By now veteran gamblers and lawmen,
Sam & Lou Blonger hit it big in 1892.
By 1892, Sam and Lou were experienced in the mining business. Their holdings at various times included the Texas Mine in Nevada, possibly the Star Mine in New Mexico, the Blonger and Little Chief near Leadville, the Newport, and perhaps claims near Phillipsburg, Montana and others, good claims and bad unlike brother Joe, who spent half a lifetime prospecting and seemed never to have hit paydirt.
But the Blonger Bros. never had a payoff like the Forest Queen.
Head frame and structures.
Robert J Jackson and Alice Givin facing camera and unknown facing away.
Photo by J.O. Jackson
Headframe and winch house from other side
Photo by Jim Jackson
The Forest Queen was situated at the foot of Pikes Peak, on Ironclad Hill, near Cripple Creek. Though said to have been named by Lou in honor of his wife Nola(?), it was perhaps named instead for the ocean liner that foundered only a few weeks prior after being nearly cut in two by another steamer on the North Sea. Only the captain survived.
Aspen Weekly Times, February 27, 1892
Steamers Collide at Sea.
LONDON, Feb. 26News of a terrible disaster in the North Sea, by which a steamer went to the bottom, carrying with her every soul on board, with only one exception, was received in this city at a late hour to-night.
Only meagre details of the catastrophe have been obtained, but from the dispatches already at hand it is learned that the steamers Loughbrow (British) and Forest Queen came into collision off Flamberough, a village of York county, east of Riding, on the North Sea.
So quickly did the Forest Queen founder that her crew had no chance to save their lives and all hands with the single exception of the captain went down to a watery grave.
The dispatches give no information as to the extent of the damage done to the Loughbrow.
The Forest Queen was a very productive mine. Though it sat idle for some time during World War II, in 1928 it was listed as one of the top producers in the Cripple Creek district ($250,000 that year).
The Norfolk, Forest Queen, WPH and Home mines on Ironclad Hill.
Cripple Creek Morning Times, December 1, 1899
From present indications Blonger, Truett and Reardon are on top of a big body of ore in the 100-foot shaft of the Forest Queen on Ironclad Hill, and a plant of machinery is to be put on the property at once to push developments. The Forest Queen vein has been opened in Captain Thatcher's lease on the Arapahoe, and at that point is thirty feet wide. Good assays have been taken from it.
Cripple Creek Morning Times Dec. 21, 1899
FORREST QUEEN ASSAYS
Blonger, Reardon and Pruett, leasing on the Forest Queen claim, yesterday obtained an assay of 25 per cent lead, $4 in silver and $28 in gold. The assay was from the vein recently encountered at a depth of 106 feet, where the vein is two feet in width.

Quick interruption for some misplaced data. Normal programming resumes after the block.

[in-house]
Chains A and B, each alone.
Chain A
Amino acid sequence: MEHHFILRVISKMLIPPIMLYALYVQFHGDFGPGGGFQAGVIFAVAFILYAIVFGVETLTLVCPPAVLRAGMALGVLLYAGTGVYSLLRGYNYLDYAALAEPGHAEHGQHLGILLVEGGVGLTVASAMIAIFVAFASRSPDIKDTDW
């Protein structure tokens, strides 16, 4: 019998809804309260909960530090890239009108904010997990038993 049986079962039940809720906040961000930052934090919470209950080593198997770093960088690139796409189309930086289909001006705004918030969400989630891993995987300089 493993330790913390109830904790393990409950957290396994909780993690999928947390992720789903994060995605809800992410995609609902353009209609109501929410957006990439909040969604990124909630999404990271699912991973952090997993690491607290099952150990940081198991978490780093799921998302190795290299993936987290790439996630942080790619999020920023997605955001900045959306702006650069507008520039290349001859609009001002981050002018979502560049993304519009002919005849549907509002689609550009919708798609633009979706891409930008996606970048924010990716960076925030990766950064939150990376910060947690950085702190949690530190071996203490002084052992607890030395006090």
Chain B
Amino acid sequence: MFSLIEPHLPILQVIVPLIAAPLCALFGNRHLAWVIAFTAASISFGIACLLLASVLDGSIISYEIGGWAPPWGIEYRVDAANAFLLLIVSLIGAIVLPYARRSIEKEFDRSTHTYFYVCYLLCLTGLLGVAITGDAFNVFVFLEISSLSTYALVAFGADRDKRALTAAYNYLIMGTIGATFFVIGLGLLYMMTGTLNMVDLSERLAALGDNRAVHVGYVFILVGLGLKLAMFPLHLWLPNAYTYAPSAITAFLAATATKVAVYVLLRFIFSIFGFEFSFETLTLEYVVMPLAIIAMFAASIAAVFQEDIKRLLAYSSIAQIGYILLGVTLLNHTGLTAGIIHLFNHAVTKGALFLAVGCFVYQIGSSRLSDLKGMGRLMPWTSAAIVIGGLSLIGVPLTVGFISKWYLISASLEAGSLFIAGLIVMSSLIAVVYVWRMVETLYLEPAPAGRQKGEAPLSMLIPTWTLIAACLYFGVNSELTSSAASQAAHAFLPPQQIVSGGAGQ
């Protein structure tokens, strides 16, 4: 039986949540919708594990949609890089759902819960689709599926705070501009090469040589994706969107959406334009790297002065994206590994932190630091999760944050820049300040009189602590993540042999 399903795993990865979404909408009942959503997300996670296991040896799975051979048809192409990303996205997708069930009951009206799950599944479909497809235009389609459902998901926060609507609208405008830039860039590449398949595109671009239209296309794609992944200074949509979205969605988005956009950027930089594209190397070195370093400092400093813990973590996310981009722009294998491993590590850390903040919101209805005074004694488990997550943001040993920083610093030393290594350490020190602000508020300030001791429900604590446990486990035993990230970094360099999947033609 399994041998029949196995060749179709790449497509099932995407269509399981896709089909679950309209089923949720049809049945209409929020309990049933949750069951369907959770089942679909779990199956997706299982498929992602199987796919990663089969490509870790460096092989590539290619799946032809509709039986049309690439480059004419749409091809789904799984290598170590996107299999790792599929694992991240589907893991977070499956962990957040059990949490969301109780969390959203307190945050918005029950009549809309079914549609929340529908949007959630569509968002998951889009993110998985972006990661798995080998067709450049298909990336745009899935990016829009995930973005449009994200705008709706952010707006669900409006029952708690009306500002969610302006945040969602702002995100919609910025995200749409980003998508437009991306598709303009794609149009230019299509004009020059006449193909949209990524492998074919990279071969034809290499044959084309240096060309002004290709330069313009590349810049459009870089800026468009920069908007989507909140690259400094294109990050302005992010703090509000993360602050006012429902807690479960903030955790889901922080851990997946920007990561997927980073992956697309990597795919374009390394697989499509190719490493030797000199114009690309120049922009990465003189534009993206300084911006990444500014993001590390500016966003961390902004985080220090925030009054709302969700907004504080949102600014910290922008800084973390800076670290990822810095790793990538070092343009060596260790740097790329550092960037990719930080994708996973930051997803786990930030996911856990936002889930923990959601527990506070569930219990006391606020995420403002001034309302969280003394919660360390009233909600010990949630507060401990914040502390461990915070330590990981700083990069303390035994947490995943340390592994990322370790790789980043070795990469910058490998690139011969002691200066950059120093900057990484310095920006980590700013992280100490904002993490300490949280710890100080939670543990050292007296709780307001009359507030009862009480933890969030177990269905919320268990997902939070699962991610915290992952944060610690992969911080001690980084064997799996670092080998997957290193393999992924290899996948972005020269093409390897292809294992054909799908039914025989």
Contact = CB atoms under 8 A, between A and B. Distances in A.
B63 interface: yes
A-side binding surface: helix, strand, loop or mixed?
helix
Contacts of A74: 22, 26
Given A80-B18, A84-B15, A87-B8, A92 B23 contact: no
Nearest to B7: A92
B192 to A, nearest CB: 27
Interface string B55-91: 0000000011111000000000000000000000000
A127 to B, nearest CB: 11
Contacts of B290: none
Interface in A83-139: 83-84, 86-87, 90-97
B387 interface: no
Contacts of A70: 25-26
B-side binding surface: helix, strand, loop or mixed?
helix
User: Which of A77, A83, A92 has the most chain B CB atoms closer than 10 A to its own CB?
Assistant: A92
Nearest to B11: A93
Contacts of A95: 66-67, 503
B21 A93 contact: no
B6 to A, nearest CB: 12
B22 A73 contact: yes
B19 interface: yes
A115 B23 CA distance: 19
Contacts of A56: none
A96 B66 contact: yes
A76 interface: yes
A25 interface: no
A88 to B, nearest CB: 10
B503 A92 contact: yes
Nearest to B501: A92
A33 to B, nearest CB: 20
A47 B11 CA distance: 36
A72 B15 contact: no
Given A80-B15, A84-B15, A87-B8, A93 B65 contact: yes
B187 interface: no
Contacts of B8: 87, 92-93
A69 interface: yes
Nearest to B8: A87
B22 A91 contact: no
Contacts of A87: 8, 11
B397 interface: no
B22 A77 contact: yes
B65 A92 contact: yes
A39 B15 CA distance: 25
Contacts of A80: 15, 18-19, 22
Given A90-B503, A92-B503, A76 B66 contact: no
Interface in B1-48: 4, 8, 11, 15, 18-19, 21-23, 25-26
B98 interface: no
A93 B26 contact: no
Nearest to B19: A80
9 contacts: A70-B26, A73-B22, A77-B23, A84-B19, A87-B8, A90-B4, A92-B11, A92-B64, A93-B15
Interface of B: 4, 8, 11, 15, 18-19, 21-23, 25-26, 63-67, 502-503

It surely augmented their ability to make friends and influence people. What's more, among their partners they could count, over the years, three Denver district attorneys and assistants (Dennison, Steele and Jackson), judges (Dennison and Steele) and a justice on the Colorado state supreme court (Steele).
Atlanta Constitution, March 31, 1923
GOLD DISCOVERED AT CRIPPLE CEEK
Convicted Con-Man Holds Interest in Mine, It Is Found.
Denver, Colo., March 30.Gold, in a vein four feet in width and said by mining men to represent a value of thousands of dollars, has been struck in the Forest Queen mine at Cripple Creek, Colo., in which Lou Blonger, convicted leader of Denver's alleged nation-wide confidence ring, holds an ownership interest, it was revealed definitely here today.
The information was received just two days after Blonger, who is 72 years old, was lodged in the Denver county jail following his conviction with the 19 other members of the alleged ring.
Gold was struck in the mine which is held under lease by Edward Gaylord, of Denver, while workmen were boring through from the W.P.H. mine to the Forest Queen to establish an air connection.
Now that had to hurt.
Documents regarding the Forest Queen describe a confusing and sometimes contradictory mix of owners, but Lou retained his ownership till the end. The mine was deeded to his wife upon his death.
Colorado Springs Gazette, July 31, 2003
75 years ago :
What is reported to be the richest strike made in the Cripple Creek district in recent years is said to have occurred in the Forest Queen, the famous Bull Hill mine of the late Lou Blonger of Denver, and now controlled by the Blonger estate, concerning which it is said a quarter interest was once given for a case of whiskey, and in the W.P.H. of the United Gold Mines, adjoining. It is said the ore is running $40 a ton, mine run product.
The Forest Queen site is gone with the resumption of mining in the area,
using modern techniques that have obliterated the site.
So, Sam and Lou are now well-fixed, influential citizens of Denver, elder statesmen of the West, experienced peace officers and detectives, with old friends in business, government, the media and law enforcement, strong ties to the merchants of vice, the gambling fraternity, mining capitalists, and of course the bunko men, with working capital to burn. The stage is set.
Scott near the Queen's former location in 2007.